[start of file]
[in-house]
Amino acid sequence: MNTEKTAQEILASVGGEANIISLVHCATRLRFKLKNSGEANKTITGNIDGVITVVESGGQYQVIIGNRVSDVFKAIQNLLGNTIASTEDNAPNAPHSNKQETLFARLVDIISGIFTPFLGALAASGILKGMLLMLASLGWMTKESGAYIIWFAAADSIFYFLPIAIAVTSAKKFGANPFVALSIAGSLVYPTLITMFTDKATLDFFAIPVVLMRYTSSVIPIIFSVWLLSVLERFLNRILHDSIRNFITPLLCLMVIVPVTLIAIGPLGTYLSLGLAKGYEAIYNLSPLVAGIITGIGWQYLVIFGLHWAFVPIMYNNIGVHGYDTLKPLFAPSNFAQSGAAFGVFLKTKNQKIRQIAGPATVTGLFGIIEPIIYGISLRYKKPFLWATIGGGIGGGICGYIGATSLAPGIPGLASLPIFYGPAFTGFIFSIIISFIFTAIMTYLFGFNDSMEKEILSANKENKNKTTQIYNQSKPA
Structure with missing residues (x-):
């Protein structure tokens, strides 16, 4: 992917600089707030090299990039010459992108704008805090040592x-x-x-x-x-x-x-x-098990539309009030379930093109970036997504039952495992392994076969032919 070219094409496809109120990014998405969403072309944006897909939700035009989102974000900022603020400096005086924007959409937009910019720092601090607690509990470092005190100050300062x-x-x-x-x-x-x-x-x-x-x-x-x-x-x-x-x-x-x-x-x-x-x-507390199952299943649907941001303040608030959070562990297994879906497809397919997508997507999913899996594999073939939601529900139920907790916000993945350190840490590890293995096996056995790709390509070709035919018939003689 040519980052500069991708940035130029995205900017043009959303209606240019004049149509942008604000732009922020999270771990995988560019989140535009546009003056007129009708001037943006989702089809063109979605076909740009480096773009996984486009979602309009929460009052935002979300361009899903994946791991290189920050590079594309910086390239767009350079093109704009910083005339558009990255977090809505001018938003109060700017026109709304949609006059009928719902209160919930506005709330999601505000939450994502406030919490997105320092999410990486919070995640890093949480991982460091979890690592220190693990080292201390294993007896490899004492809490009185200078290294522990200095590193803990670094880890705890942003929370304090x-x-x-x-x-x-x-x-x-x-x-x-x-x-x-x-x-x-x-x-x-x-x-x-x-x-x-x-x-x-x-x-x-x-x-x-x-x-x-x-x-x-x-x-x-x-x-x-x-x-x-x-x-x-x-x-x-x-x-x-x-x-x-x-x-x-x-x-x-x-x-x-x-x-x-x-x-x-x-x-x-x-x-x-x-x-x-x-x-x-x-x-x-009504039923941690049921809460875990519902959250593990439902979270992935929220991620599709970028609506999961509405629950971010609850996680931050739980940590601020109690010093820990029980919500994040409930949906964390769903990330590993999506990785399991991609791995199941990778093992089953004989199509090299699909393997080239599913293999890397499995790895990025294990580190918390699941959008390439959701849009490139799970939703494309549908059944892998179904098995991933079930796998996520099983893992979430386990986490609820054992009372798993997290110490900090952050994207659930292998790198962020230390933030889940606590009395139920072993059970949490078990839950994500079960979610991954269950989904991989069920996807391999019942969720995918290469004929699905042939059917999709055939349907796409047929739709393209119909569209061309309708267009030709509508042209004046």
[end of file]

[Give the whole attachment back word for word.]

[in-house]
Amino acid sequence: MNTEKTAQEILASVGGEANIISLVHCATRLRFKLKNSGEANKTITGNIDGVITVVESGGQYQVIIGNRVSDVFKAIQNLLGNTIASTEDNAPNAPHSNKQETLFARLVDIISGIFTPFLGALAASGILKGMLLMLASLGWMTKESGAYIIWFAAADSIFYFLPIAIAVTSAKKFGANPFVALSIAGSLVYPTLITMFTDKATLDFFAIPVVLMRYTSSVIPIIFSVWLLSVLERFLNRILHDSIRNFITPLLCLMVIVPVTLIAIGPLGTYLSLGLAKGYEAIYNLSPLVAGIITGIGWQYLVIFGLHWAFVPIMYNNIGVHGYDTLKPLFAPSNFAQSGAAFGVFLKTKNQKIRQIAGPATVTGLFGIIEPIIYGISLRYKKPFLWATIGGGIGGGICGYIGATSLAPGIPGLASLPIFYGPAFTGFIFSIIISFIFTAIMTYLFGFNDSMEKEILSANKENKNKTTQIYNQSKPA
Structure with missing residues (x-):
């Protein structure tokens, strides 16, 4: 992917600089707030090299990039010459992108704008805090040592x-x-x-x-x-x-x-x-098990539309009030379930093109970036997504039952495992392994076969032919 070219094409496809109120990014998405969403072309944006897909939700035009989102974000900022603020400096005086924007959409937009910019720092601090607690509990470092005190100050300062x-x-x-x-x-x-x-x-x-x-x-x-x-x-x-x-x-x-x-x-x-x-x-507390199952299943649907941001303040608030959070562990297994879906497809397919997508997507999913899996594999073939939601529900139920907790916000993945350190840490590890293995096996056995790709390509070709035919018939003689 040519980052500069991708940035130029995205900017043009959303209606240019004049149509942008604000732009922020999270771990995988560019989140535009546009003056007129009708001037943006989702089809063109979605076909740009480096773009996984486009979602309009929460009052935002979300361009899903994946791991290189920050590079594309910086390239767009350079093109704009910083005339558009990255977090809505001018938003109060700017026109709304949609006059009928719902209160919930506005709330999601505000939450994502406030919490997105320092999410990486919070995640890093949480991982460091979890690592220190693990080292201390294993007896490899004492809490009185200078290294522990200095590193803990670094880890705890942003929370304090x-x-x-x-x-x-x-x-x-x-x-x-x-x-x-x-x-x-x-x-x-x-x-x-x-x-x-x-x-x-x-x-x-x-x-x-x-x-x-x-x-x-x-x-x-x-x-x-x-x-x-x-x-x-x-x-x-x-x-x-x-x-x-x-x-x-x-x-x-x-x-x-x-x-x-x-x-x-x-x-x-x-x-x-x-x-x-x-x-x-x-x-x-009504039923941690049921809460875990519902959250593990439902979270992935929220991620599709970028609506999961509405629950971010609850996680931050739980940590601020109690010093820990029980919500994040409930949906964390769903990330590993999506990785399991991609791995199941990778093992089953004989199509090299699909393997080239599913293999890397499995790895990025294990580190918390699941959008390439959701849009490139799970939703494309549908059944892998179904098995991933079930796998996520099983893992979430386990986490609820054992009372798993997290110490900090952050994207659930292998790198962020230390933030889940606590009395139920072993059970949490078990839950994500079960979610991954269950989904991989069920996807391999019942969720995918290469004929699905042939059917999709055939349907796409047929739709393209119909569209061309309708267009030709509508042209004046």